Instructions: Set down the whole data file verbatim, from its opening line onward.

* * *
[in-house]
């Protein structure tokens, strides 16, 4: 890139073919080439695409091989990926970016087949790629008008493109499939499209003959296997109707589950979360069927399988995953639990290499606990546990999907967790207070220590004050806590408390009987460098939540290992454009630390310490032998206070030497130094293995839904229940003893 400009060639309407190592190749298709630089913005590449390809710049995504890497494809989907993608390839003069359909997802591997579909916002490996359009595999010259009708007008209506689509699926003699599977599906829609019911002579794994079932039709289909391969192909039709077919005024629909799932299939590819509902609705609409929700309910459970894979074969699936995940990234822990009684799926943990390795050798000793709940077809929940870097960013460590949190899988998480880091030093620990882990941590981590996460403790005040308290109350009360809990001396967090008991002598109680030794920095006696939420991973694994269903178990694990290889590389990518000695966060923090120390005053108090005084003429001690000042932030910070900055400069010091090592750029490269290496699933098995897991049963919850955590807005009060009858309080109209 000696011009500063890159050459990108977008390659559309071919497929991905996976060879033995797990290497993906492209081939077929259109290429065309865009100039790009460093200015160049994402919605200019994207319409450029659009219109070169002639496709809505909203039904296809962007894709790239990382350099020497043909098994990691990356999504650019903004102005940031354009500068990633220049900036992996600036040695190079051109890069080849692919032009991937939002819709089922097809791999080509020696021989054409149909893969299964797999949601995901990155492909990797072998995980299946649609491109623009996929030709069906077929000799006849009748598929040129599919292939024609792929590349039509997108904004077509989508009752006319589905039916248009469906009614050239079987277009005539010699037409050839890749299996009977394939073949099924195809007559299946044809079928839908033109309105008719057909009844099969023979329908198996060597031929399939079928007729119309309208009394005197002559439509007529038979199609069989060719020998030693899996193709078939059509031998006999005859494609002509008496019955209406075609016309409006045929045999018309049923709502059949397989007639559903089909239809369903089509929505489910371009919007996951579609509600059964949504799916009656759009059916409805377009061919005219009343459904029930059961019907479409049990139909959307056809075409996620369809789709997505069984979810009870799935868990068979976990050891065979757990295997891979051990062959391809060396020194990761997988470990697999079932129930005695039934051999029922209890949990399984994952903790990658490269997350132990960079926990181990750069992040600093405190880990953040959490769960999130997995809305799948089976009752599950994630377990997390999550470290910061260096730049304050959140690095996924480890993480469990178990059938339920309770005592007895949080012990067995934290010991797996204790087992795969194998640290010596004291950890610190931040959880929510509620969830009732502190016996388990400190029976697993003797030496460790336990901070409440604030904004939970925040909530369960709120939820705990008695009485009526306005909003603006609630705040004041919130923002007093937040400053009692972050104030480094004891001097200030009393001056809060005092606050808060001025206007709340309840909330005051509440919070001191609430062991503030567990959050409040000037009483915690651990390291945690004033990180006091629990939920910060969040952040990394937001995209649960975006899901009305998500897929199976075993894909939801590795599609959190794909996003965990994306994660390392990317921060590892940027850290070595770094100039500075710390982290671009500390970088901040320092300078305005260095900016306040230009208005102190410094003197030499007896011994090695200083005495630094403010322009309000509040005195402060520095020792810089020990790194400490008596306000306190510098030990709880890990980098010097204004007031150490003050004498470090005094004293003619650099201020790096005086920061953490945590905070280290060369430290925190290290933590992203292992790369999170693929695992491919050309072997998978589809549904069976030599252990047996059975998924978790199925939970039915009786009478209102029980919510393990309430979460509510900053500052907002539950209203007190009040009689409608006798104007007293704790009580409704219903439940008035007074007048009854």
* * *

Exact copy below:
[in-house]
């Protein structure tokens, strides 16, 4: 890139073919080439695409091989990926970016087949790629008008493109499939499209003959296997109707589950979360069927399988995953639990290499606990546990999907967790207070220590004050806590408390009987460098939540290992454009630390310490032998206070030497130094293995839904229940003893 400009060639309407190592190749298709630089913005590449390809710049995504890497494809989907993608390839003069359909997802591997579909916002490996359009595999010259009708007008209506689509699926003699599977599906829609019911002579794994079932039709289909391969192909039709077919005024629909799932299939590819509902609705609409929700309910459970894979074969699936995940990234822990009684799926943990390795050798000793709940077809929940870097960013460590949190899988998480880091030093620990882990941590981590996460403790005040308290109350009360809990001396967090008991002598109680030794920095006696939420991973694994269903178990694990290889590389990518000695966060923090120390005053108090005084003429001690000042932030910070900055400069010091090592750029490269290496699933098995897991049963919850955590807005009060009858309080109209 000696011009500063890159050459990108977008390659559309071919497929991905996976060879033995797990290497993906492209081939077929259109290429065309865009100039790009460093200015160049994402919605200019994207319409450029659009219109070169002639496709809505909203039904296809962007894709790239990382350099020497043909098994990691990356999504650019903004102005940031354009500068990633220049900036992996600036040695190079051109890069080849692919032009991937939002819709089922097809791999080509020696021989054409149909893969299964797999949601995901990155492909990797072998995980299946649609491109623009996929030709069906077929000799006849009748598929040129599919292939024609792929590349039509997108904004077509989508009752006319589905039916248009469906009614050239079987277009005539010699037409050839890749299996009977394939073949099924195809007559299946044809079928839908033109309105008719057909009844099969023979329908198996060597031929399939079928007729119309309208009394005197002559439509007529038979199609069989060719020998030693899996193709078939059509031998006999005859494609002509008496019955209406075609016309409006045929045999018309049923709502059949397989007639559903089909239809369903089509929505489910371009919007996951579609509600059964949504799916009656759009059916409805377009061919005219009343459904029930059961019907479409049990139909959307056809075409996620369809789709997505069984979810009870799935868990068979976990050891065979757990295997891979051990062959391809060396020194990761997988470990697999079932129930005695039934051999029922209890949990399984994952903790990658490269997350132990960079926990181990750069992040600093405190880990953040959490769960999130997995809305799948089976009752599950994630377990997390999550470290910061260096730049304050959140690095996924480890993480469990178990059938339920309770005592007895949080012990067995934290010991797996204790087992795969194998640290010596004291950890610190931040959880929510509620969830009732502190016996388990400190029976697993003797030496460790336990901070409440604030904004939970925040909530369960709120939820705990008695009485009526306005909003603006609630705040004041919130923002007093937040400053009692972050104030480094004891001097200030009393001056809060005092606050808060001025206007709340309840909330005051509440919070001191609430062991503030567990959050409040000037009483915690651990390291945690004033990180006091629990939920910060969040952040990394937001995209649960975006899901009305998500897929199976075993894909939801590795599609959190794909996003965990994306994660390392990317921060590892940027850290070595770094100039500075710390982290671009500390970088901040320092300078305005260095900016306040230009208005102190410094003197030499007896011994090695200083005495630094403010322009309000509040005195402060520095020792810089020990790194400490008596306000306190510098030990709880890990980098010097204004007031150490003050004498470090005094004293003619650099201020790096005086920061953490945590905070280290060369430290925190290290933590992203292992790369999170693929695992491919050309072997998978589809549904069976030599252990047996059975998924978790199925939970039915009786009478209102029980919510393990309430979460509510900053500052907002539950209203007190009040009689409608006798104007007293704790009580409704219903439940008035007074007048009854």